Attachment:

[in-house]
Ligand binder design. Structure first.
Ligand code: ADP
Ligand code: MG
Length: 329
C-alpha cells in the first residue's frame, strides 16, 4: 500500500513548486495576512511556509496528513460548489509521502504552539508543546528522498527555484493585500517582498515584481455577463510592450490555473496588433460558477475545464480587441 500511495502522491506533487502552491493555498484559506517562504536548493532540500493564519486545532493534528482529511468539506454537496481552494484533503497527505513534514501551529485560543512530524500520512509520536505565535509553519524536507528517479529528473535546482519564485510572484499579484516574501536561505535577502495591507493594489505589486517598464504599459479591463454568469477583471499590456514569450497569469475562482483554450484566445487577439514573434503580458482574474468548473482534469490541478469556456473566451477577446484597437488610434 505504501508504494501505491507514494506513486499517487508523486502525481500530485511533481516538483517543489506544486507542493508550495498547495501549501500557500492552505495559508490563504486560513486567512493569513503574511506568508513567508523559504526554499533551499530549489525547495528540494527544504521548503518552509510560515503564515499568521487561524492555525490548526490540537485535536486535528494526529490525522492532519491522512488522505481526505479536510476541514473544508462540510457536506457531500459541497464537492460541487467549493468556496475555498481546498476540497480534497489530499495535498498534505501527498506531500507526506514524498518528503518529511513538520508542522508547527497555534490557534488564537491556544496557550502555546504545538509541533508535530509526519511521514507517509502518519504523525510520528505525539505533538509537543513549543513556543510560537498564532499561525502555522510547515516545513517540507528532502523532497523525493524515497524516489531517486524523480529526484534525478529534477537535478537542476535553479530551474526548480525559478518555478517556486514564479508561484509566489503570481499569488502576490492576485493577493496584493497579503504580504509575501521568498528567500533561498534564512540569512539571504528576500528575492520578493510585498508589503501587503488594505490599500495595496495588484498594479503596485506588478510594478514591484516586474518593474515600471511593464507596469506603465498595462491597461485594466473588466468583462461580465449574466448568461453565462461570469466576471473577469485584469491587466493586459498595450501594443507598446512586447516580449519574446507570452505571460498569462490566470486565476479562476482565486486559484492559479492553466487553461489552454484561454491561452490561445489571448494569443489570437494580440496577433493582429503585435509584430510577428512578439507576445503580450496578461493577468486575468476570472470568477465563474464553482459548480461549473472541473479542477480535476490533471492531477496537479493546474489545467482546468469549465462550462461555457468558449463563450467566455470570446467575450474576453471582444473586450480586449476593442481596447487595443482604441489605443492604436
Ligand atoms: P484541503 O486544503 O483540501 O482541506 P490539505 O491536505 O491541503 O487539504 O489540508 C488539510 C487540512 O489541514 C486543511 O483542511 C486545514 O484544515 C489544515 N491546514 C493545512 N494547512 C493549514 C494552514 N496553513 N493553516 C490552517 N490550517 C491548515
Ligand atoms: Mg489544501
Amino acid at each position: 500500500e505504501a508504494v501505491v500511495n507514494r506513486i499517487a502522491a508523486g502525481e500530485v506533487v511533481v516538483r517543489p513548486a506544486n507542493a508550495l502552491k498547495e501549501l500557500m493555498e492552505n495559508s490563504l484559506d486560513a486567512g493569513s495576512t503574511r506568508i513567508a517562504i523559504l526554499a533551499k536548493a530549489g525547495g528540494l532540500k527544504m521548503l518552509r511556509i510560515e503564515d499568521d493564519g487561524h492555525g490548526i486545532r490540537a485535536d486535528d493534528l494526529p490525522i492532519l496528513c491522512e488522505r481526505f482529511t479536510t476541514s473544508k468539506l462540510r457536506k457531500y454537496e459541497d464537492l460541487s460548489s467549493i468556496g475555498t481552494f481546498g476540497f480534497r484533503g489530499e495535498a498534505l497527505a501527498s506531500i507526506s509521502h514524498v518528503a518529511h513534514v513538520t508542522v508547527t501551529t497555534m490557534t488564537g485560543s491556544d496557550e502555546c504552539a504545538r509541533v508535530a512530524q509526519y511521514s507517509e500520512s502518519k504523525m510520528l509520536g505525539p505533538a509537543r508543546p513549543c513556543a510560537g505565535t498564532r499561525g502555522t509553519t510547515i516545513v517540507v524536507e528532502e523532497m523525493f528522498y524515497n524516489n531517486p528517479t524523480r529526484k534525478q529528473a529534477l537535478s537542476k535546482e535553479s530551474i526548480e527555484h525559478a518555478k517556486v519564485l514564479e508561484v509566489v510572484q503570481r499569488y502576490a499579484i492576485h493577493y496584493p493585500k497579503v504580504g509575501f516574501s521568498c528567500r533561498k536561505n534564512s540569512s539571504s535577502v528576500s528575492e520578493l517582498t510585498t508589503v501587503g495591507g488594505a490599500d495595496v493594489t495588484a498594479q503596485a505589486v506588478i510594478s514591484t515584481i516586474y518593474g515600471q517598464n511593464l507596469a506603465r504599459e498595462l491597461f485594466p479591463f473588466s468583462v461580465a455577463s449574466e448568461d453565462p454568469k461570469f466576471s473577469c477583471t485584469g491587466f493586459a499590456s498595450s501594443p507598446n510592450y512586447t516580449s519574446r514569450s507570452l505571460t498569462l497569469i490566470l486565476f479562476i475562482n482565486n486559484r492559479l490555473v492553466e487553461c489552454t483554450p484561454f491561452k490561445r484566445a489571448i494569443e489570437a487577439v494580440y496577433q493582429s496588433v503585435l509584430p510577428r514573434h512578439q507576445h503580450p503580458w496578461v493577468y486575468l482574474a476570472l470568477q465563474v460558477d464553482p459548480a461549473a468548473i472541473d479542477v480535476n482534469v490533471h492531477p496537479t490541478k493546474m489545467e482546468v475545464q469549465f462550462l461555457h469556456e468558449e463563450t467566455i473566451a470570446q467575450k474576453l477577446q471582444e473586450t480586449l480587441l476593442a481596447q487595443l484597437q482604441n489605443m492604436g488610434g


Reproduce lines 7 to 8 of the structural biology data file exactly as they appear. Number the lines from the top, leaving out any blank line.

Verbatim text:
Ligand atoms: P484541503 O486544503 O483540501 O482541506 P490539505 O491536505 O491541503 O487539504 O489540508 C488539510 C487540512 O489541514 C486543511 O483542511 C486545514 O484544515 C489544515 N491546514 C493545512 N494547512 C493549514 C494552514 N496553513 N493553516 C490552517 N490550517 C491548515
Ligand atoms: Mg489544501